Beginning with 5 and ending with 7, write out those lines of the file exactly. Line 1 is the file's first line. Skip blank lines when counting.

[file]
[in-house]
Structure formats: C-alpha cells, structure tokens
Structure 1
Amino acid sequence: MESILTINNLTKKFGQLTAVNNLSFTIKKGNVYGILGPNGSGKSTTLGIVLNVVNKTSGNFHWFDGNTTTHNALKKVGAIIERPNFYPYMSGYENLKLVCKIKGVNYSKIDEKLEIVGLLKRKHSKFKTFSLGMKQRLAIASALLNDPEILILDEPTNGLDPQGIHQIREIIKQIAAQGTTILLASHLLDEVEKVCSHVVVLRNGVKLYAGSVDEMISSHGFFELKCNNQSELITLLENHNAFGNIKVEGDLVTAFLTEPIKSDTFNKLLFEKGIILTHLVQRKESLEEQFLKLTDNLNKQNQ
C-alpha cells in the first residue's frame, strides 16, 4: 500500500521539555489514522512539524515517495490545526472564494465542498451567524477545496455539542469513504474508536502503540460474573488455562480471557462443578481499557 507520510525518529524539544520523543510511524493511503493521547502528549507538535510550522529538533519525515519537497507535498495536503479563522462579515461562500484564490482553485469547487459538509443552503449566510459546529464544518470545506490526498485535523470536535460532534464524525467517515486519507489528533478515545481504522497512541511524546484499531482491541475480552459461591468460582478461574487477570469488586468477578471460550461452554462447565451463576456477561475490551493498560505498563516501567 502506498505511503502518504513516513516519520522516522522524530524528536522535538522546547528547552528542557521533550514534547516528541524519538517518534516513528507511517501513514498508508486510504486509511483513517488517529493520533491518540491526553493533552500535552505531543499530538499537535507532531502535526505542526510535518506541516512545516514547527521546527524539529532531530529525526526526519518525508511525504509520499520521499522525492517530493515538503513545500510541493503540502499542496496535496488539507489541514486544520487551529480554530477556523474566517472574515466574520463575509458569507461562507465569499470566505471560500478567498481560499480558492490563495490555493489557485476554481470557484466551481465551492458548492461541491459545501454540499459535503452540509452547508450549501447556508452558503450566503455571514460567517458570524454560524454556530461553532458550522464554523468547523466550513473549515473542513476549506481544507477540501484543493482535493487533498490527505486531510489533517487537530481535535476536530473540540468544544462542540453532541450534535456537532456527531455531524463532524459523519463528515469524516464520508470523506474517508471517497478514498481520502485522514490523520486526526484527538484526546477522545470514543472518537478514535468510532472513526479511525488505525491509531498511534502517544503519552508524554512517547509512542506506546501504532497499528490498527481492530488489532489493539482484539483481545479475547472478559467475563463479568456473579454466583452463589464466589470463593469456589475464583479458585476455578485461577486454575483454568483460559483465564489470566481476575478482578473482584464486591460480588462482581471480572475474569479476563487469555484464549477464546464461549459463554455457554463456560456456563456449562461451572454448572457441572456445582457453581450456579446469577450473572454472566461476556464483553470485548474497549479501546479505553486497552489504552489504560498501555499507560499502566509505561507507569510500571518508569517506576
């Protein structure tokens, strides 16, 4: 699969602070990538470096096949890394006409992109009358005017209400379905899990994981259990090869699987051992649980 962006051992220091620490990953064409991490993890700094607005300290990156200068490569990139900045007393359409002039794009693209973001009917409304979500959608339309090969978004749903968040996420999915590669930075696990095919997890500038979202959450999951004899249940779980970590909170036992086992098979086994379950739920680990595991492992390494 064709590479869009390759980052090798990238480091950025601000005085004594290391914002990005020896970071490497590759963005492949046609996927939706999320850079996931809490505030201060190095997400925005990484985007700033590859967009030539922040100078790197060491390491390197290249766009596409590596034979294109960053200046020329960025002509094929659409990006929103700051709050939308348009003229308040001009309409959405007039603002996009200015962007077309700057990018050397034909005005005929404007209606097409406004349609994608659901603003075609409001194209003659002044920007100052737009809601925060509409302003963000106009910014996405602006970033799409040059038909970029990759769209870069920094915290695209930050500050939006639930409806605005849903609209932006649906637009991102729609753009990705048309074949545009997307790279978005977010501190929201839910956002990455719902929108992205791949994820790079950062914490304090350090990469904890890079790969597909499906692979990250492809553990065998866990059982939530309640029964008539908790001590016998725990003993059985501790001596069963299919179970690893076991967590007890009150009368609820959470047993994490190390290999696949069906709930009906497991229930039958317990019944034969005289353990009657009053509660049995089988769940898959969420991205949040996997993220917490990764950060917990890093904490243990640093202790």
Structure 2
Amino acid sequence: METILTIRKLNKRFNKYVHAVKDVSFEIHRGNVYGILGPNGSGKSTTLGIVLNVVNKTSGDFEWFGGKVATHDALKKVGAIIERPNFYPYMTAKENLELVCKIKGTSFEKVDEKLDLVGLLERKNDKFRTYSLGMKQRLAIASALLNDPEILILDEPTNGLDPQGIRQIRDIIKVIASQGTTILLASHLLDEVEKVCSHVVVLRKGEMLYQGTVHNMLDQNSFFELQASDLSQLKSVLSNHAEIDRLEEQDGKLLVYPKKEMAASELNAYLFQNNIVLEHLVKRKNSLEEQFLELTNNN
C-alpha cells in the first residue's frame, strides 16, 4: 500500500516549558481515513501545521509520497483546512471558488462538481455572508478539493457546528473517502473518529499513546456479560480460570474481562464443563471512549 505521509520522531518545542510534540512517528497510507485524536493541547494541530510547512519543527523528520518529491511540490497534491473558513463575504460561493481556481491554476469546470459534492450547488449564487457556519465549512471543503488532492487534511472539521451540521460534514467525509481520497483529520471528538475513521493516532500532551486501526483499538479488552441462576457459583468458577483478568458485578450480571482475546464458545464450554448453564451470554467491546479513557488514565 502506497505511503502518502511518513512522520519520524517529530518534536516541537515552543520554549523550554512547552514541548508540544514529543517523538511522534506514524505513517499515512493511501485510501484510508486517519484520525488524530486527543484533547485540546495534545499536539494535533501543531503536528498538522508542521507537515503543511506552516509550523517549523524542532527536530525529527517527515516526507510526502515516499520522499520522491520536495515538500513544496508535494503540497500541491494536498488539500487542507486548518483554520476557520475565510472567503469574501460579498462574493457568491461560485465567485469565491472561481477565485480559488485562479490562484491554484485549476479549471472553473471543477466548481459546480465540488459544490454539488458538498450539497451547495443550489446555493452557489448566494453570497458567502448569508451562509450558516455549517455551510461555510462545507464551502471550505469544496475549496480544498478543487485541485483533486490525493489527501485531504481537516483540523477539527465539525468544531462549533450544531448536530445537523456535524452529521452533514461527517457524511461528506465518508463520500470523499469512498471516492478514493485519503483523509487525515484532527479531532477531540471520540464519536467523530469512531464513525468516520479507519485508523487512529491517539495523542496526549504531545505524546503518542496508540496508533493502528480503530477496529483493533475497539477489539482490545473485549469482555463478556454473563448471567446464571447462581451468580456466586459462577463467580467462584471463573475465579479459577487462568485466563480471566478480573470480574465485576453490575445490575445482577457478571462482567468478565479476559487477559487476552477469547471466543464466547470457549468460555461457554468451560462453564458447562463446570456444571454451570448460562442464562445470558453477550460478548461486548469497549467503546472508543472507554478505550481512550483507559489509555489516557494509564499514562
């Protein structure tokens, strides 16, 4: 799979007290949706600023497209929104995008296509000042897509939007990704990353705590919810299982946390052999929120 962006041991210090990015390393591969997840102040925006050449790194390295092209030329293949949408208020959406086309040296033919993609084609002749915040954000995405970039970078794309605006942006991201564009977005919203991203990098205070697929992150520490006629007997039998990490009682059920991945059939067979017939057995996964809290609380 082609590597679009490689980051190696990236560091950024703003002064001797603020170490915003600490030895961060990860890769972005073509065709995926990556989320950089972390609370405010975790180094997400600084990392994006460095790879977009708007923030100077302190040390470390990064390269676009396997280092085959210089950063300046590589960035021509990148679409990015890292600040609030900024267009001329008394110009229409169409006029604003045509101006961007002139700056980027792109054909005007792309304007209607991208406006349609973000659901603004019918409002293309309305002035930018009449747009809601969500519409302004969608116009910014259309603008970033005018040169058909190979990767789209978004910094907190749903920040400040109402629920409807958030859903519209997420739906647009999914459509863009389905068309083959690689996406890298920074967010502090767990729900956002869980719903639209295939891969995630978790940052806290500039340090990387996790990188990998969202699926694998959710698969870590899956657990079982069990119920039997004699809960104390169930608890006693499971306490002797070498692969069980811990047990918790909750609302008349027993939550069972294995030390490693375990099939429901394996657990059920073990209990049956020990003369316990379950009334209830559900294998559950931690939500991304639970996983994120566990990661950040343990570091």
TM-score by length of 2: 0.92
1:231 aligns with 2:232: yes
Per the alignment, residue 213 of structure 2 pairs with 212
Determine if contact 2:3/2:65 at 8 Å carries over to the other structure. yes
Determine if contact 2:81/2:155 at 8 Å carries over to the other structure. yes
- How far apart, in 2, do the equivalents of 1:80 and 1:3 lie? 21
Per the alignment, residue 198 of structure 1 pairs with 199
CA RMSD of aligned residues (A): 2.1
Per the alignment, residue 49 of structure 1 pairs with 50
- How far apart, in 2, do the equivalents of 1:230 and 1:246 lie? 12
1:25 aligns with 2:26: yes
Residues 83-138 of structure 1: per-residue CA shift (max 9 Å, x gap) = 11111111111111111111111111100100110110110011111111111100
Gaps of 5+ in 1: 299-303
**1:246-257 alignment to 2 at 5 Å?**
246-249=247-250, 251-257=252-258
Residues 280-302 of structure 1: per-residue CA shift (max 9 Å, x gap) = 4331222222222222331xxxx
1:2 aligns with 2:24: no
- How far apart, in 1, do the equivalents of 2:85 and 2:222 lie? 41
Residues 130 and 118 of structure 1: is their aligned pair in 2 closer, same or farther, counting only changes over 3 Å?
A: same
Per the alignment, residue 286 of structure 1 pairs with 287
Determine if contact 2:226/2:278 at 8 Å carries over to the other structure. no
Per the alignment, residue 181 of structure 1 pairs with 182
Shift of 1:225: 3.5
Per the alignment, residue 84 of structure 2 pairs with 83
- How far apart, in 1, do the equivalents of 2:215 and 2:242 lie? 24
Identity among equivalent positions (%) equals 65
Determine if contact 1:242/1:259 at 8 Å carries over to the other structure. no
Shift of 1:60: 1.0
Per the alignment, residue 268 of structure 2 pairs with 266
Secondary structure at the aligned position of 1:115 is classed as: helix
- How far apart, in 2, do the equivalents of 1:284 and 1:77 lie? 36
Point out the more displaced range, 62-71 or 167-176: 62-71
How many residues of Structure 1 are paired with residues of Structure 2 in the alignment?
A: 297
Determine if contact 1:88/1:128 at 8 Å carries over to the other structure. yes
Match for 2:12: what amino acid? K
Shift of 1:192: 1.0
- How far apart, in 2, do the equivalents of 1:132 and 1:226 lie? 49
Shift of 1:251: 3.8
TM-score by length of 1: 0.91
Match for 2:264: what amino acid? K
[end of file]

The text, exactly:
C-alpha cells in the first residue's frame, strides 16, 4: 500500500521539555489514522512539524515517495490545526472564494465542498451567524477545496455539542469513504474508536502503540460474573488455562480471557462443578481499557 507520510525518529524539544520523543510511524493511503493521547502528549507538535510550522529538533519525515519537497507535498495536503479563522462579515461562500484564490482553485469547487459538509443552503449566510459546529464544518470545506490526498485535523470536535460532534464524525467517515486519507489528533478515545481504522497512541511524546484499531482491541475480552459461591468460582478461574487477570469488586468477578471460550461452554462447565451463576456477561475490551493498560505498563516501567 502506498505511503502518504513516513516519520522516522522524530524528536522535538522546547528547552528542557521533550514534547516528541524519538517518534516513528507511517501513514498508508486510504486509511483513517488517529493520533491518540491526553493533552500535552505531543499530538499537535507532531502535526505542526510535518506541516512545516514547527521546527524539529532531530529525526526526519518525508511525504509520499520521499522525492517530493515538503513545500510541493503540502499542496496535496488539507489541514486544520487551529480554530477556523474566517472574515466574520463575509458569507461562507465569499470566505471560500478567498481560499480558492490563495490555493489557485476554481470557484466551481465551492458548492461541491459545501454540499459535503452540509452547508450549501447556508452558503450566503455571514460567517458570524454560524454556530461553532458550522464554523468547523466550513473549515473542513476549506481544507477540501484543493482535493487533498490527505486531510489533517487537530481535535476536530473540540468544544462542540453532541450534535456537532456527531455531524463532524459523519463528515469524516464520508470523506474517508471517497478514498481520502485522514490523520486526526484527538484526546477522545470514543472518537478514535468510532472513526479511525488505525491509531498511534502517544503519552508524554512517547509512542506506546501504532497499528490498527481492530488489532489493539482484539483481545479475547472478559467475563463479568456473579454466583452463589464466589470463593469456589475464583479458585476455578485461577486454575483454568483460559483465564489470566481476575478482578473482584464486591460480588462482581471480572475474569479476563487469555484464549477464546464461549459463554455457554463456560456456563456449562461451572454448572457441572456445582457453581450456579446469577450473572454472566461476556464483553470485548474497549479501546479505553486497552489504552489504560498501555499507560499502566509505561507507569510500571518508569517506576
């Protein structure tokens, strides 16, 4: 699969602070990538470096096949890394006409992109009358005017209400379905899990994981259990090869699987051992649980 962006051992220091620490990953064409991490993890700094607005300290990156200068490569990139900045007393359409002039794009693209973001009917409304979500959608339309090969978004749903968040996420999915590669930075696990095919997890500038979202959450999951004899249940779980970590909170036992086992098979086994379950739920680990595991492992390494 064709590479869009390759980052090798990238480091950025601000005085004594290391914002990005020896970071490497590759963005492949046609996927939706999320850079996931809490505030201060190095997400925005990484985007700033590859967009030539922040100078790197060491390491390197290249766009596409590596034979294109960053200046020329960025002509094929659409990006929103700051709050939308348009003229308040001009309409959405007039603002996009200015962007077309700057990018050397034909005005005929404007209606097409406004349609994608659901603003075609409001194209003659002044920007100052737009809601925060509409302003963000106009910014996405602006970033799409040059038909970029990759769209870069920094915290695209930050500050939006639930409806605005849903609209932006649906637009991102729609753009990705048309074949545009997307790279978005977010501190929201839910956002990455719902929108992205791949994820790079950062914490304090350090990469904890890079790969597909499906692979990250492809553990065998866990059982939530309640029964008539908790001590016998725990003993059985501790001596069963299919179970690893076991967590007890009150009368609820959470047993994490190390290999696949069906709930009906497991229930039958317990019944034969005289353990009657009053509660049995089988769940898959969420991205949040996997993220917490990764950060917990890093904490243990640093202790």
Structure 2